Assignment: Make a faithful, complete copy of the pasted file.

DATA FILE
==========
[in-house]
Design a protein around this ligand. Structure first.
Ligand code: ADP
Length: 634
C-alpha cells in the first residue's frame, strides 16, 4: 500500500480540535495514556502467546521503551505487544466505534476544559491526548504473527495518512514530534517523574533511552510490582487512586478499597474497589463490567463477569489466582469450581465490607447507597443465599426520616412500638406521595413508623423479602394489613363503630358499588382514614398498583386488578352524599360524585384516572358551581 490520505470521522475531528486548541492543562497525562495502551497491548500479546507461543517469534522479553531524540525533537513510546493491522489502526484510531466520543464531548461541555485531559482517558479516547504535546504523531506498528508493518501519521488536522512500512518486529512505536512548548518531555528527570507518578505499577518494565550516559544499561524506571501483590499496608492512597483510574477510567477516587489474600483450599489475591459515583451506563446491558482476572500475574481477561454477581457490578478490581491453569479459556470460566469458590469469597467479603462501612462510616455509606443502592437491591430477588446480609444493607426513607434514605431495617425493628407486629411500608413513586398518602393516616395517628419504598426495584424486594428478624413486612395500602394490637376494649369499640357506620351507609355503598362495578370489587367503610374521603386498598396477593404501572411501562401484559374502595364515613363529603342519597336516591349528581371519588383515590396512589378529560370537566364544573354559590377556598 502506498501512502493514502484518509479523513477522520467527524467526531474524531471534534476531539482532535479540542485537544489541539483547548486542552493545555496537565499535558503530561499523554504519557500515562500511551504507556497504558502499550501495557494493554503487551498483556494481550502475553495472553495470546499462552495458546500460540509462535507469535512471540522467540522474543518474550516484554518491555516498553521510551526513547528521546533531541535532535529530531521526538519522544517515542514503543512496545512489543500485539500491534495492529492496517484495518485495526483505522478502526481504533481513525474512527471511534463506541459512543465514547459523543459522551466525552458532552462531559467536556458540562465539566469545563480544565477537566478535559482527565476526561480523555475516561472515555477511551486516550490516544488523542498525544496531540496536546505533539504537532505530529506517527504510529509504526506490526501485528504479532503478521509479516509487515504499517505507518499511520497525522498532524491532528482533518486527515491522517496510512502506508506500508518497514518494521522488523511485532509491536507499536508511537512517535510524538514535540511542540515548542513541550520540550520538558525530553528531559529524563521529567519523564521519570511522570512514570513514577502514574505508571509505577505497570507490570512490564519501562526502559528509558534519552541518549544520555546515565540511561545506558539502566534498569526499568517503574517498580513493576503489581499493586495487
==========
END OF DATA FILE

[in-house]
Design a protein around this ligand. Structure first.
Ligand code: ADP
Length: 634
C-alpha cells in the first residue's frame, strides 16, 4: 500500500480540535495514556502467546521503551505487544466505534476544559491526548504473527495518512514530534517523574533511552510490582487512586478499597474497589463490567463477569489466582469450581465490607447507597443465599426520616412500638406521595413508623423479602394489613363503630358499588382514614398498583386488578352524599360524585384516572358551581 490520505470521522475531528486548541492543562497525562495502551497491548500479546507461543517469534522479553531524540525533537513510546493491522489502526484510531466520543464531548461541555485531559482517558479516547504535546504523531506498528508493518501519521488536522512500512518486529512505536512548548518531555528527570507518578505499577518494565550516559544499561524506571501483590499496608492512597483510574477510567477516587489474600483450599489475591459515583451506563446491558482476572500475574481477561454477581457490578478490581491453569479459556470460566469458590469469597467479603462501612462510616455509606443502592437491591430477588446480609444493607426513607434514605431495617425493628407486629411500608413513586398518602393516616395517628419504598426495584424486594428478624413486612395500602394490637376494649369499640357506620351507609355503598362495578370489587367503610374521603386498598396477593404501572411501562401484559374502595364515613363529603342519597336516591349528581371519588383515590396512589378529560370537566364544573354559590377556598 502506498501512502493514502484518509479523513477522520467527524467526531474524531471534534476531539482532535479540542485537544489541539483547548486542552493545555496537565499535558503530561499523554504519557500515562500511551504507556497504558502499550501495557494493554503487551498483556494481550502475553495472553495470546499462552495458546500460540509462535507469535512471540522467540522474543518474550516484554518491555516498553521510551526513547528521546533531541535532535529530531521526538519522544517515542514503543512496545512489543500485539500491534495492529492496517484495518485495526483505522478502526481504533481513525474512527471511534463506541459512543465514547459523543459522551466525552458532552462531559467536556458540562465539566469545563480544565477537566478535559482527565476526561480523555475516561472515555477511551486516550490516544488523542498525544496531540496536546505533539504537532505530529506517527504510529509504526506490526501485528504479532503478521509479516509487515504499517505507518499511520497525522498532524491532528482533518486527515491522517496510512502506508506500508518497514518494521522488523511485532509491536507499536508511537512517535510524538514535540511542540515548542513541550520540550520538558525530553528531559529524563521529567519523564521519570511522570512514570513514577502514574505508571509505577505497570507490570512490564519501562526502559528509558534519552541518549544520555546515565540511561545506558539502566534498569526499568517503574517498580513493576503489581499493586495487